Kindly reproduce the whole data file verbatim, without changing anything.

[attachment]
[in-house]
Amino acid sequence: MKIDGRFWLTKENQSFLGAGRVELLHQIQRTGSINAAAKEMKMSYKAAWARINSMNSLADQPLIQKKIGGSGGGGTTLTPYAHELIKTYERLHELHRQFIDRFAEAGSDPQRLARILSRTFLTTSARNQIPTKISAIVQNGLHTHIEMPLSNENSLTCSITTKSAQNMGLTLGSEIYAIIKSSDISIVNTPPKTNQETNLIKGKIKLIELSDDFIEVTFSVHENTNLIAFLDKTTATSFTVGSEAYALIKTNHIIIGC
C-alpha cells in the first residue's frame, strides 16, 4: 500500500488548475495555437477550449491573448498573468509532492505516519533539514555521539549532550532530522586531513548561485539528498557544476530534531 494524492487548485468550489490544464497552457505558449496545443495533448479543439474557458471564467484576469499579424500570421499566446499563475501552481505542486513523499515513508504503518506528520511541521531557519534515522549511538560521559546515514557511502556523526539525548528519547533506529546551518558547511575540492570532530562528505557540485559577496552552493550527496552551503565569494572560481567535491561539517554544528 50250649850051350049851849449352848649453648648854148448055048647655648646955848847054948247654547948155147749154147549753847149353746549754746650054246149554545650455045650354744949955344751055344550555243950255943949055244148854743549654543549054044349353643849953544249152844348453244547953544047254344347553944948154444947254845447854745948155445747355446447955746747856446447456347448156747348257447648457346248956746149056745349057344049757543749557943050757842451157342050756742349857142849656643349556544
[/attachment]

[in-house]
Amino acid sequence: MKIDGRFWLTKENQSFLGAGRVELLHQIQRTGSINAAAKEMKMSYKAAWARINSMNSLADQPLIQKKIGGSGGGGTTLTPYAHELIKTYERLHELHRQFIDRFAEAGSDPQRLARILSRTFLTTSARNQIPTKISAIVQNGLHTHIEMPLSNENSLTCSITTKSAQNMGLTLGSEIYAIIKSSDISIVNTPPKTNQETNLIKGKIKLIELSDDFIEVTFSVHENTNLIAFLDKTTATSFTVGSEAYALIKTNHIIIGC
C-alpha cells in the first residue's frame, strides 16, 4: 500500500488548475495555437477550449491573448498573468509532492505516519533539514555521539549532550532530522586531513548561485539528498557544476530534531 494524492487548485468550489490544464497552457505558449496545443495533448479543439474557458471564467484576469499579424500570421499566446499563475501552481505542486513523499515513508504503518506528520511541521531557519534515522549511538560521559546515514557511502556523526539525548528519547533506529546551518558547511575540492570532530562528505557540485559577496552552493550527496552551503565569494572560481567535491561539517554544528 50250649850051350049851849449352848649453648648854148448055048647655648646955848847054948247654547948155147749154147549753847149353746549754746650054246149554545650455045650354744949955344751055344550555243950255943949055244148854743549654543549054044349353643849953544249152844348453244547953544047254344347553944948154444947254845447854745948155445747355446447955746747856446447456347448156747348257447648457346248956746149056745349057344049757543749557943050757842451157342050756742349857142849656643349556544